How To: Send Email Alert on Different HAProxy Status or Based on HAProxy Stats

HAProxy is a great simple load balancing tool written in Lua. It is extremely efficient as a software load balancer and highly configurable as well. On the contrary, HAProxy lacks programmable automated monitoring tools. It has a directive called ‘mailer’ which has only support above 1.8. Default CentOS 7 repo comes with HAProxy 1.5 and it has no mailer alert support either. Even with 1.8, it doesn’t come with lots of available configuration options neither the tool gets programmable facility.

That is where, I thought to work on to trigger codes from HAProxy stats. This can be done in many ways, in my cases, I did it using per minute crons. If you want it much quicker like every 5 seconds for example, you would have to run this as a daemon, which isn’t like making a rocket, should be easy and short. My entire idea is to allow you understanding how to create programmable 3rd party tools by fetching data from HAProxy socket and trigger monitors.

HAProxy Stats through Unix Socket

First, we need to enable the HAProxy stats that is available through socket. To turn on stats through unix socket, you need put the following line in your global section of haproxy.cfg file:

stats socket /var/lib/haproxy/stats

An example of Global settings section would be like the following:

    log local2     #Log configuration

    chroot      /var/lib/haproxy
    pidfile     /var/run/
    maxconn     40000
    user        haproxy             #Haproxy running under user and group "haproxy"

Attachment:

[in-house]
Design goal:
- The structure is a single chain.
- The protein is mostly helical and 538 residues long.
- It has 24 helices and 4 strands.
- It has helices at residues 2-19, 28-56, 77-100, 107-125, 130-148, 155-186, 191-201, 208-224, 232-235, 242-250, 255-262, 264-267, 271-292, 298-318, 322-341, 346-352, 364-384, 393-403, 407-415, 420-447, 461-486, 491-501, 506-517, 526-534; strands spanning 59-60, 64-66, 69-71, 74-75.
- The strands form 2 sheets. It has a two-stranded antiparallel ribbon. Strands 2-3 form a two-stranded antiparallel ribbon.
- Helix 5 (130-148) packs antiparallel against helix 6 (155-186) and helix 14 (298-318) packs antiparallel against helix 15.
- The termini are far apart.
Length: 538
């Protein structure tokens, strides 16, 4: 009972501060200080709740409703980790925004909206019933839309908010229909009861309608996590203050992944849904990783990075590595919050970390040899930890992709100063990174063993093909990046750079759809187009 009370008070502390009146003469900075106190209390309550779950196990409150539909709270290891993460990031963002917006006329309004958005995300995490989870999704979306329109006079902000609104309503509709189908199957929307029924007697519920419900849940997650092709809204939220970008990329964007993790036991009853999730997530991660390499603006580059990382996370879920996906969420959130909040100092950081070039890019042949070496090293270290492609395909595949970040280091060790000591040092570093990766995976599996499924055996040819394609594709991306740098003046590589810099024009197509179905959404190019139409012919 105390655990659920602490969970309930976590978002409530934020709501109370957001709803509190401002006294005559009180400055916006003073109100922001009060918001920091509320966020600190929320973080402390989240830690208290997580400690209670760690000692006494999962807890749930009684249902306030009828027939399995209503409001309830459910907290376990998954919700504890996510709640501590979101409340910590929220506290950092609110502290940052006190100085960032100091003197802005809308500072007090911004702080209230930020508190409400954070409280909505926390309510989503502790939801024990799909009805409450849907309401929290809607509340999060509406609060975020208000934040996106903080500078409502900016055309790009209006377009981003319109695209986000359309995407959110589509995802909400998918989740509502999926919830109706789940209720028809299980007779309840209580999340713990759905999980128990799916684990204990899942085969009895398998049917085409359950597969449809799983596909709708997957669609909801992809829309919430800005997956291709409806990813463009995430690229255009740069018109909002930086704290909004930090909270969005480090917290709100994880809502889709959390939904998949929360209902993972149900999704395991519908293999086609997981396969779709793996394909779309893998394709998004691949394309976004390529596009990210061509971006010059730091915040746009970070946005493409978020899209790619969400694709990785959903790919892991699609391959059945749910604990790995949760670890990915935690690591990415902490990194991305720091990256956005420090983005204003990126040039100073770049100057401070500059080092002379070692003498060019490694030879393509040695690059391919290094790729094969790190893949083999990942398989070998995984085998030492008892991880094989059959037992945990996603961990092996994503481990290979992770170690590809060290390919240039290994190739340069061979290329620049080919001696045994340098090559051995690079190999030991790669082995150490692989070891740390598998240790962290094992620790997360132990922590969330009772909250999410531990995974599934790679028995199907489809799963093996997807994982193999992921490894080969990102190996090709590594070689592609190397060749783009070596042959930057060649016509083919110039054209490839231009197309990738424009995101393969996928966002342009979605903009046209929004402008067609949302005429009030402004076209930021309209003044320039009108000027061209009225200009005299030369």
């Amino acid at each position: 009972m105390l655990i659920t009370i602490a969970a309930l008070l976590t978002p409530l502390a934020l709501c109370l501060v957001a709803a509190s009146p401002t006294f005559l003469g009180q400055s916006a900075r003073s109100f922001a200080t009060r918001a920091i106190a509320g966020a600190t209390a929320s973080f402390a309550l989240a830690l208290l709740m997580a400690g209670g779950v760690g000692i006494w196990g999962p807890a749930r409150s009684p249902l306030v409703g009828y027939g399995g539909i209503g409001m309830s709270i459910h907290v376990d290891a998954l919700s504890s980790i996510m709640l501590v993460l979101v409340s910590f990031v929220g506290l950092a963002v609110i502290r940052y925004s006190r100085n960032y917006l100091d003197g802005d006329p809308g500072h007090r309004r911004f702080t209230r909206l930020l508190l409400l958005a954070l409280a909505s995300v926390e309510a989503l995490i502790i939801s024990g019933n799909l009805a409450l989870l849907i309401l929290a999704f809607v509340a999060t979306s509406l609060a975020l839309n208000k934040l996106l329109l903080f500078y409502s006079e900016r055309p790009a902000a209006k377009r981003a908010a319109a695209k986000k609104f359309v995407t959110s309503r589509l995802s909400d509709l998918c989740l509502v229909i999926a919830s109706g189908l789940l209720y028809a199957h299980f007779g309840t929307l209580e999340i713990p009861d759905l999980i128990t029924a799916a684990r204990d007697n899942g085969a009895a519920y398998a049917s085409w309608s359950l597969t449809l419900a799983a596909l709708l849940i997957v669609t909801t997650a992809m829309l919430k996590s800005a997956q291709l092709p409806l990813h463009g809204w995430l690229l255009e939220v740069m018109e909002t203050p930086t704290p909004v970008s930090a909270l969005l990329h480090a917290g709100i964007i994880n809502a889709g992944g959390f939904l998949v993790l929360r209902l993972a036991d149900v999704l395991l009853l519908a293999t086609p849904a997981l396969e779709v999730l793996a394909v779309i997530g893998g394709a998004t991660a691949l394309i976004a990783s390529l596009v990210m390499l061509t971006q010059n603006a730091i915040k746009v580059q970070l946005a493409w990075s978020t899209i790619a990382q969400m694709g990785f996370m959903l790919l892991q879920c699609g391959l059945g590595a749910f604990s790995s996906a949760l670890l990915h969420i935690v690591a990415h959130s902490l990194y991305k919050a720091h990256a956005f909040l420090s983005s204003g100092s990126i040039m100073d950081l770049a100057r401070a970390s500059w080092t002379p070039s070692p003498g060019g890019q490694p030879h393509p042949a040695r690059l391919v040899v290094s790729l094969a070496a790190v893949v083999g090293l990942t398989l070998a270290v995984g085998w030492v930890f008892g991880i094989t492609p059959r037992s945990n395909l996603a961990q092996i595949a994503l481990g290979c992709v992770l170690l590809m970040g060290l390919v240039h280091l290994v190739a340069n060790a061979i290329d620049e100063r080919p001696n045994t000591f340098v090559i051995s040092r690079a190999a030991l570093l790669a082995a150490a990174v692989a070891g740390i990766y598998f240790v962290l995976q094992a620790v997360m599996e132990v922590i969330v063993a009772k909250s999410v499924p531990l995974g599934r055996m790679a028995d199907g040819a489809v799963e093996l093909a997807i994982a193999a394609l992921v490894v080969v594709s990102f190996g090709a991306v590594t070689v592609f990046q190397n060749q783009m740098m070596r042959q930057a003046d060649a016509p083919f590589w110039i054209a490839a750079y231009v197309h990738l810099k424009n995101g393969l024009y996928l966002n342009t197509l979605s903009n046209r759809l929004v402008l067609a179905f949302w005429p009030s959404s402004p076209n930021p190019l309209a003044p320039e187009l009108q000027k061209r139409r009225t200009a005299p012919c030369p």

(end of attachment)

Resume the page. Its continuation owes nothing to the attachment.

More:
group       haproxy

    # turn on stats unix socket
    stats socket /var/lib/haproxy/stats

Check how the stats socket section is placed to fit it for your cfg file.

Once this is done, now you can restart the haproxy to start shooting stats through the socket. The output is basically a csv of the HAProxy stats page. So the values going to be in comma seperated format. To understand HAProxy stats page and exploding the values, you can visit the following:

Now, how to read the unix-socket using bash? There is a tool called ‘socat’ that can be used to read data from unix socket. ‘socat’ means ‘socket cat’, you may read more details about ‘socat’ here:

If socat is not available on your CentOS yum, you may get it from epel-release.

yum install epel-release
yum install socat

Once ‘socat’ is available in your system, you can use it to redirect the io and show the output as following:

echo "show stat" | socat unix-connect:/var/lib/haproxy/stats stdio

Now as you can see, you can retrieve the whole HAProxy stats in CSV format, you may easily manipulate and operate data using a shell script. I have created a basic shell script to get the status of the HAProxy backends and send an email alert using ‘ssmtp’. Remember, ssmtp is highly configurable mail tool, you can customize smtp authentication as well with ‘ssmtp’. You may use any other tool like Sendmail for example or ‘Curl’ to any email API like Sendgrid, possibility is infinite here. Remember, as the data is instantly available to socket as soon as the HAProxy generates the event, hence, it can be as efficient as HAProxy built in functions like ‘mailer’ is.


cd /root/
rm -f haproxy_stat.txt
echo "show stat" | socat unix-connect:/var/lib/haproxy/stats stdio|grep app-main > /root/test.txt


while IFS= read -r line

APP=`echo $line | cut -d"," -f2`
STAT=`echo $line | cut -d"," -f18`
SESSION=`echo $line | cut -d"," -f34`
if [ "$STAT" != "UP" ]; then

done < /root/test.txt

if [ $SEND_EMAIL -eq 1 ]; then